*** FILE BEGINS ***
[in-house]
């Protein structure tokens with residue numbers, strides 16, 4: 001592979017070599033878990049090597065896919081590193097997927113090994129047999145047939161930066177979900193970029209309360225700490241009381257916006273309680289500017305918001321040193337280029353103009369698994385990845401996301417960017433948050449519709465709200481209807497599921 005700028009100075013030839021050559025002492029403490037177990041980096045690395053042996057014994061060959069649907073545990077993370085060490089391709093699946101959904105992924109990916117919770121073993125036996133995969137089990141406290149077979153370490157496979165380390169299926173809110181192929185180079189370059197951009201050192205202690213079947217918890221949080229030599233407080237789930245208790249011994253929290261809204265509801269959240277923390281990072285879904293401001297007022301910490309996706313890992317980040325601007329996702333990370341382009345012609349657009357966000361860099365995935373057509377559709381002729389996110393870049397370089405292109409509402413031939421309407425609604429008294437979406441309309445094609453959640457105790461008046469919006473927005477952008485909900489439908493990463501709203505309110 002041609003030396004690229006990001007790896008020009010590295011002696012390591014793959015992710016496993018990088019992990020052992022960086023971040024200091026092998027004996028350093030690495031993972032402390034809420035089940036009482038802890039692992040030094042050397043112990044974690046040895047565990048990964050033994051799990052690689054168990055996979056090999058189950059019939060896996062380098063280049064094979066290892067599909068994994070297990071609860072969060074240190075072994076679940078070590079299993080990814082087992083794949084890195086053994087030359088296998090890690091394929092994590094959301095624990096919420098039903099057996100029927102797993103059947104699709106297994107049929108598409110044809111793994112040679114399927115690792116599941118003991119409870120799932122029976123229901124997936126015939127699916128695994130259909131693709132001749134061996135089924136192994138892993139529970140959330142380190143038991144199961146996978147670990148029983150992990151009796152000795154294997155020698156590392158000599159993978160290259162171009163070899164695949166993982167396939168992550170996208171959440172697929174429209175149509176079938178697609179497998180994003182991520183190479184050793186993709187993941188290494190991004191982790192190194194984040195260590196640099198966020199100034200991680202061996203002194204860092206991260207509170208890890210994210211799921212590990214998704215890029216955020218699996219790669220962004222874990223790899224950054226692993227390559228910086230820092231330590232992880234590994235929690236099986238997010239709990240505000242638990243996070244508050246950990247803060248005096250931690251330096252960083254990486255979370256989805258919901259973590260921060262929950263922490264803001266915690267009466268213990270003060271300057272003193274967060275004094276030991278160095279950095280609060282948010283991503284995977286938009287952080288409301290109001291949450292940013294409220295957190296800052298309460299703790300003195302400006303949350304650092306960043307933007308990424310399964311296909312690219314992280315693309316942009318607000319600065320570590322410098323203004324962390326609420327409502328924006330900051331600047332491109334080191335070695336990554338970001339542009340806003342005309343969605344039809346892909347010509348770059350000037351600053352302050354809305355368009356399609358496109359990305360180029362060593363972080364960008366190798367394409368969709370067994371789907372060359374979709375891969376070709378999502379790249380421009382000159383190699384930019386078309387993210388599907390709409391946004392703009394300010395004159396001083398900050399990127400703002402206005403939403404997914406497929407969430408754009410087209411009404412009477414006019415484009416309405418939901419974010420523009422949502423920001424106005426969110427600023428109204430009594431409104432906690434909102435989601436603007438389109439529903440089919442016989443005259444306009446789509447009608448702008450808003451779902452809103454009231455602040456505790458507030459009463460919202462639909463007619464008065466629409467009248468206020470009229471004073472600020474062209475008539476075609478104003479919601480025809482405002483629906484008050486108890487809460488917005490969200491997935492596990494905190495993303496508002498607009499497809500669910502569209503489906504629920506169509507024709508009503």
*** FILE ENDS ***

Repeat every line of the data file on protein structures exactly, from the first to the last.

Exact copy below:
[in-house]
């Protein structure tokens with residue numbers, strides 16, 4: 001592979017070599033878990049090597065896919081590193097997927113090994129047999145047939161930066177979900193970029209309360225700490241009381257916006273309680289500017305918001321040193337280029353103009369698994385990845401996301417960017433948050449519709465709200481209807497599921 005700028009100075013030839021050559025002492029403490037177990041980096045690395053042996057014994061060959069649907073545990077993370085060490089391709093699946101959904105992924109990916117919770121073993125036996133995969137089990141406290149077979153370490157496979165380390169299926173809110181192929185180079189370059197951009201050192205202690213079947217918890221949080229030599233407080237789930245208790249011994253929290261809204265509801269959240277923390281990072285879904293401001297007022301910490309996706313890992317980040325601007329996702333990370341382009345012609349657009357966000361860099365995935373057509377559709381002729389996110393870049397370089405292109409509402413031939421309407425609604429008294437979406441309309445094609453959640457105790461008046469919006473927005477952008485909900489439908493990463501709203505309110 002041609003030396004690229006990001007790896008020009010590295011002696012390591014793959015992710016496993018990088019992990020052992022960086023971040024200091026092998027004996028350093030690495031993972032402390034809420035089940036009482038802890039692992040030094042050397043112990044974690046040895047565990048990964050033994051799990052690689054168990055996979056090999058189950059019939060896996062380098063280049064094979066290892067599909068994994070297990071609860072969060074240190075072994076679940078070590079299993080990814082087992083794949084890195086053994087030359088296998090890690091394929092994590094959301095624990096919420098039903099057996100029927102797993103059947104699709106297994107049929108598409110044809111793994112040679114399927115690792116599941118003991119409870120799932122029976123229901124997936126015939127699916128695994130259909131693709132001749134061996135089924136192994138892993139529970140959330142380190143038991144199961146996978147670990148029983150992990151009796152000795154294997155020698156590392158000599159993978160290259162171009163070899164695949166993982167396939168992550170996208171959440172697929174429209175149509176079938178697609179497998180994003182991520183190479184050793186993709187993941188290494190991004191982790192190194194984040195260590196640099198966020199100034200991680202061996203002194204860092206991260207509170208890890210994210211799921212590990214998704215890029216955020218699996219790669220962004222874990223790899224950054226692993227390559228910086230820092231330590232992880234590994235929690236099986238997010239709990240505000242638990243996070244508050246950990247803060248005096250931690251330096252960083254990486255979370256989805258919901259973590260921060262929950263922490264803001266915690267009466268213990270003060271300057272003193274967060275004094276030991278160095279950095280609060282948010283991503284995977286938009287952080288409301290109001291949450292940013294409220295957190296800052298309460299703790300003195302400006303949350304650092306960043307933007308990424310399964311296909312690219314992280315693309316942009318607000319600065320570590322410098323203004324962390326609420327409502328924006330900051331600047332491109334080191335070695336990554338970001339542009340806003342005309343969605344039809346892909347010509348770059350000037351600053352302050354809305355368009356399609358496109359990305360180029362060593363972080364960008366190798367394409368969709370067994371789907372060359374979709375891969376070709378999502379790249380421009382000159383190699384930019386078309387993210388599907390709409391946004392703009394300010395004159396001083398900050399990127400703002402206005403939403404997914406497929407969430408754009410087209411009404412009477414006019415484009416309405418939901419974010420523009422949502423920001424106005426969110427600023428109204430009594431409104432906690434909102435989601436603007438389109439529903440089919442016989443005259444306009446789509447009608448702008450808003451779902452809103454009231455602040456505790458507030459009463460919202462639909463007619464008065466629409467009248468206020470009229471004073472600020474062209475008539476075609478104003479919601480025809482405002483629906484008050486108890487809460488917005490969200491997935492596990494905190495993303496508002498607009499497809500669910502569209503489906504629920506169509507024709508009503």